In an interview with CNBC Tuesday, Saban expressed his dissatisfaction with the public disagreements voiced by Obama and Prime Minister Benjamin Netanyahu.
"The US and Israel need to address the points of difference between them in private and not in front of the cameras," he said, heaping criticism on both leaders.
But his critique was mostly aimed at Obama. "I am perplexed as to why the president has been to Cairo, Saudi Arabia, and Turkey but has not stopped in Israel and spoken to the Israeli people," the billionaire said.
"I believe the president can clarify to the Israeli people what his positions are on Israel and calm them down, because they are not calm right now."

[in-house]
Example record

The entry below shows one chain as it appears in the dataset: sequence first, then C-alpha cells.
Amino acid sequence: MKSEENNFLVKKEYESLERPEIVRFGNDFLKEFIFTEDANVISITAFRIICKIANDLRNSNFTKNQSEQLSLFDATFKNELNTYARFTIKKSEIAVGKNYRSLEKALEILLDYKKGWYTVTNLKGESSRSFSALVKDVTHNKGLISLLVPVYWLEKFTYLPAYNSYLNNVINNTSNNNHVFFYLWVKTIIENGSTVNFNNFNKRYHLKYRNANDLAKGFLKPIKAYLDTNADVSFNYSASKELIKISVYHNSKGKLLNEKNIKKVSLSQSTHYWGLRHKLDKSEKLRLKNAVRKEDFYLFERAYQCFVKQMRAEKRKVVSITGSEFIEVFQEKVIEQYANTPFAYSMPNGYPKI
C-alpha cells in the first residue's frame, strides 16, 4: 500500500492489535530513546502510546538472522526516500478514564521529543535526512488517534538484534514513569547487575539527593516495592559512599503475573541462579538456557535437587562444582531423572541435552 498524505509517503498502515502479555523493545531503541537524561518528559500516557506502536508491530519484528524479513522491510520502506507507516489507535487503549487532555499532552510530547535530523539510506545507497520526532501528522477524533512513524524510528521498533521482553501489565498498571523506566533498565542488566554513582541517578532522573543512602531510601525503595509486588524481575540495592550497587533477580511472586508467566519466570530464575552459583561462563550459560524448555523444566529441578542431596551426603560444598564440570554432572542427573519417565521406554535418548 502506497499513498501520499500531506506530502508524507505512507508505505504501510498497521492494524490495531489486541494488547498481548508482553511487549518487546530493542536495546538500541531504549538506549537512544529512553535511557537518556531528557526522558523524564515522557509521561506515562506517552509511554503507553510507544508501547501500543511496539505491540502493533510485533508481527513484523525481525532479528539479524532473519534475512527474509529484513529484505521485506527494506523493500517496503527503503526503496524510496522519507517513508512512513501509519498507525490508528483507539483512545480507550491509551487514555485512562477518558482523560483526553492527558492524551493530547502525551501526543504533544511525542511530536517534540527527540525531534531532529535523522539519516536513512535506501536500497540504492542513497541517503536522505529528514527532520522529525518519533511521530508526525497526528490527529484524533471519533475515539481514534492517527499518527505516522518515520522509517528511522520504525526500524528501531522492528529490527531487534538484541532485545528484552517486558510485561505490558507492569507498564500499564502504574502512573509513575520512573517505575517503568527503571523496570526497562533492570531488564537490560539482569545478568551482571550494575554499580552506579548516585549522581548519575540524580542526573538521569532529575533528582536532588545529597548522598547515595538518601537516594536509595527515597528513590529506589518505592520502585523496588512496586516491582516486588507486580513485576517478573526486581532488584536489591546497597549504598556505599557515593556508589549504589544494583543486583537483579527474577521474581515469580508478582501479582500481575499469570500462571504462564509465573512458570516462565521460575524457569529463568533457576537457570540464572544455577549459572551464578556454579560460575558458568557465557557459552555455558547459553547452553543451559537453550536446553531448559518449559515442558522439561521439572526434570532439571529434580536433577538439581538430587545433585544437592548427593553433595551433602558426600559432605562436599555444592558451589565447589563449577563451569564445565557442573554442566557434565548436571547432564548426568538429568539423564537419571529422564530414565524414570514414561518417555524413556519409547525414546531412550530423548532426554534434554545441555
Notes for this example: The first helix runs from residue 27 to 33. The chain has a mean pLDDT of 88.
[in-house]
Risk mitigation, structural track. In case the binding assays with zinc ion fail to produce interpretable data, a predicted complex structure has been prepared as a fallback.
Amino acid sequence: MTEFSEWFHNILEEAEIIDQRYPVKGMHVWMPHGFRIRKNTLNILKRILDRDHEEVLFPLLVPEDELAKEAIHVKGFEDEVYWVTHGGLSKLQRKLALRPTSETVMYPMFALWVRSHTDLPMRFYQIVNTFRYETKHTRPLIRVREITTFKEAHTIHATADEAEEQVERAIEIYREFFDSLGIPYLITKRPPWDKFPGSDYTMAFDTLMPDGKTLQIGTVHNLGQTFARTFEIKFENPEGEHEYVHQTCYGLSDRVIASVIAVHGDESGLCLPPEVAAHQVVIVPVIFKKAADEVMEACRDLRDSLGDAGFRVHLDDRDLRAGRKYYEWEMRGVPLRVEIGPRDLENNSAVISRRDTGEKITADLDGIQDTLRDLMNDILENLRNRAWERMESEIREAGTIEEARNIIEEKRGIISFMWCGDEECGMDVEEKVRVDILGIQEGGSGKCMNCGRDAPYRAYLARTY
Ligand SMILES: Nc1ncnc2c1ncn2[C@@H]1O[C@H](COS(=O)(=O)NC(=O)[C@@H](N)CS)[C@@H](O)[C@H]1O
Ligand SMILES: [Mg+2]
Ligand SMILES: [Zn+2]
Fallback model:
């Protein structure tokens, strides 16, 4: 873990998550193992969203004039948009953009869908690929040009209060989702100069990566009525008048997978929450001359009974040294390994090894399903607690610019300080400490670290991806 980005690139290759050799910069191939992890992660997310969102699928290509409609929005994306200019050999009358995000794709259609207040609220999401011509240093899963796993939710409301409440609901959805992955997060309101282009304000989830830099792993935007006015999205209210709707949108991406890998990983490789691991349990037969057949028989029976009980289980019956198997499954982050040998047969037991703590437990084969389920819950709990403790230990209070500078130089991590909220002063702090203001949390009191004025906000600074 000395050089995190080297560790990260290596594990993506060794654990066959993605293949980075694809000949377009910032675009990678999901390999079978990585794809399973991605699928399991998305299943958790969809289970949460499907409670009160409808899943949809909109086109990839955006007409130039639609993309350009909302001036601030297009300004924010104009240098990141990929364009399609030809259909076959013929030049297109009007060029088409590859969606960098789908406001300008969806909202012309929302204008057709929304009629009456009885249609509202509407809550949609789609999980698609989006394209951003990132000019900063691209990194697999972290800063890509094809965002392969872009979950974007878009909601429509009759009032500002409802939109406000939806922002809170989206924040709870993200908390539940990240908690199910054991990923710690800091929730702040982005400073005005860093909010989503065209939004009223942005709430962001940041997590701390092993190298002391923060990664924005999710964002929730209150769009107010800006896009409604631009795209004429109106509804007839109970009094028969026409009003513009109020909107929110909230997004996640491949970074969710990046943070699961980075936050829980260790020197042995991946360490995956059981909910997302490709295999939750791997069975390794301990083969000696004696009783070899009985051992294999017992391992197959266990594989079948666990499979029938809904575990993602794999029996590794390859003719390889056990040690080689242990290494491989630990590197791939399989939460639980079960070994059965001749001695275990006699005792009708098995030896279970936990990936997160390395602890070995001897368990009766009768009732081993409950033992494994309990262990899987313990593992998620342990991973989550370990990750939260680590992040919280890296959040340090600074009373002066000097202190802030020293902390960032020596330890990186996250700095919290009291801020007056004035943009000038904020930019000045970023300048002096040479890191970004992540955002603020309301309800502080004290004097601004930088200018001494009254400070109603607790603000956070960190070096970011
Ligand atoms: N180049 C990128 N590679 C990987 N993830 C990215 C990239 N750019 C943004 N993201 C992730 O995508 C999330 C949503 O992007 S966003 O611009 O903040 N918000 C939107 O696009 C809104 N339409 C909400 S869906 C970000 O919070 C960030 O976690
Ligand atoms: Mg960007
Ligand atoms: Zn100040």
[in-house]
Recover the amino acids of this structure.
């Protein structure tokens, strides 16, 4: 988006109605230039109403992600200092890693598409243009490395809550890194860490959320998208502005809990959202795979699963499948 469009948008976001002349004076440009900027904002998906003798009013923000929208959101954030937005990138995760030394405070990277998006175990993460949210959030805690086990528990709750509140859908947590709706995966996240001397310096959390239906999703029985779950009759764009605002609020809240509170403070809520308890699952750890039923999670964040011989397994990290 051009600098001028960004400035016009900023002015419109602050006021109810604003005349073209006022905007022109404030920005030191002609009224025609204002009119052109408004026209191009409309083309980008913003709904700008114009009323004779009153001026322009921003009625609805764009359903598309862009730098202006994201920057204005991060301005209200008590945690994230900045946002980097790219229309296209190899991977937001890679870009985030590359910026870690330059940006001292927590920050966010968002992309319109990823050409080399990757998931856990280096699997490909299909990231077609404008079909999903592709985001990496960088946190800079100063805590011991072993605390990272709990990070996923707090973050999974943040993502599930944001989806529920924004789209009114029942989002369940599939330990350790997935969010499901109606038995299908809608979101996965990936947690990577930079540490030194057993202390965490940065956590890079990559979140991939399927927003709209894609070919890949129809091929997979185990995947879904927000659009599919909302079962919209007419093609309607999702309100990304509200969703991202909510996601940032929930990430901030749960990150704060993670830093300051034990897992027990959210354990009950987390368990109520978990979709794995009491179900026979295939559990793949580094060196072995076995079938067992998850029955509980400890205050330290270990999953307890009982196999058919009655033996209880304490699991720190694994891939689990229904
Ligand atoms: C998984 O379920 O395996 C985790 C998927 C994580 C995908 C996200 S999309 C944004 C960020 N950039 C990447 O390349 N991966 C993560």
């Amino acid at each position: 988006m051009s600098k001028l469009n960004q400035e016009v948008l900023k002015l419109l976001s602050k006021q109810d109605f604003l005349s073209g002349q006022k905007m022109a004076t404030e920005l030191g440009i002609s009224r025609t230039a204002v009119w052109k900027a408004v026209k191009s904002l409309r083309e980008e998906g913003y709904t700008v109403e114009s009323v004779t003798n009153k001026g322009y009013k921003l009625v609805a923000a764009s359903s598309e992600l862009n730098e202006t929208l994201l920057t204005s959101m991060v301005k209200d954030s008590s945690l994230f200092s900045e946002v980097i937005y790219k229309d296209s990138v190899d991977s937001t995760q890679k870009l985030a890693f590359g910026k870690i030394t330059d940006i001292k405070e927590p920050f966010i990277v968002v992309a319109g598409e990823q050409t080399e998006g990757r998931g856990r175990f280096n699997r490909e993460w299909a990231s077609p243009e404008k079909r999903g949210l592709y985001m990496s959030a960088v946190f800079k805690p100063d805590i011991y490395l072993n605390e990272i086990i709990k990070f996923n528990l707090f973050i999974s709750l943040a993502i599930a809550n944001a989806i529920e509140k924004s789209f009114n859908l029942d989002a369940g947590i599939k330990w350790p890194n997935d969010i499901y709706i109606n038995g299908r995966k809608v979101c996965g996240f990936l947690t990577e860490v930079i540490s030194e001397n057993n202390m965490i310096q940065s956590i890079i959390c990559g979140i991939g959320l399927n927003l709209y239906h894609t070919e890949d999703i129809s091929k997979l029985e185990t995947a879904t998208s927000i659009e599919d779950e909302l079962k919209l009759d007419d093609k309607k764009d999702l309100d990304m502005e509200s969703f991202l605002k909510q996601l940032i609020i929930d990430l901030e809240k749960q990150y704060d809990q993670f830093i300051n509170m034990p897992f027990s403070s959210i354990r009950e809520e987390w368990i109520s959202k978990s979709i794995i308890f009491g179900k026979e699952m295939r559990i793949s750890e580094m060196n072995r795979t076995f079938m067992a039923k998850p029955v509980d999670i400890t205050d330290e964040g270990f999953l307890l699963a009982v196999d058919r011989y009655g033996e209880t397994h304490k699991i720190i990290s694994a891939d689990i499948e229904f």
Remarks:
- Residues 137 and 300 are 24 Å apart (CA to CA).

When asked whether he would donate to the Democratic Party in the same generous manner he had in the past, when he funded the construction of the party's new headquarters, Saban was evasive.
"(Obama) doesn’t need any of my donations. If I am solicited I will donate and I can tell you that my staunch support in enlisting people to contribute to the (Democrats) hasn't weakened," he said.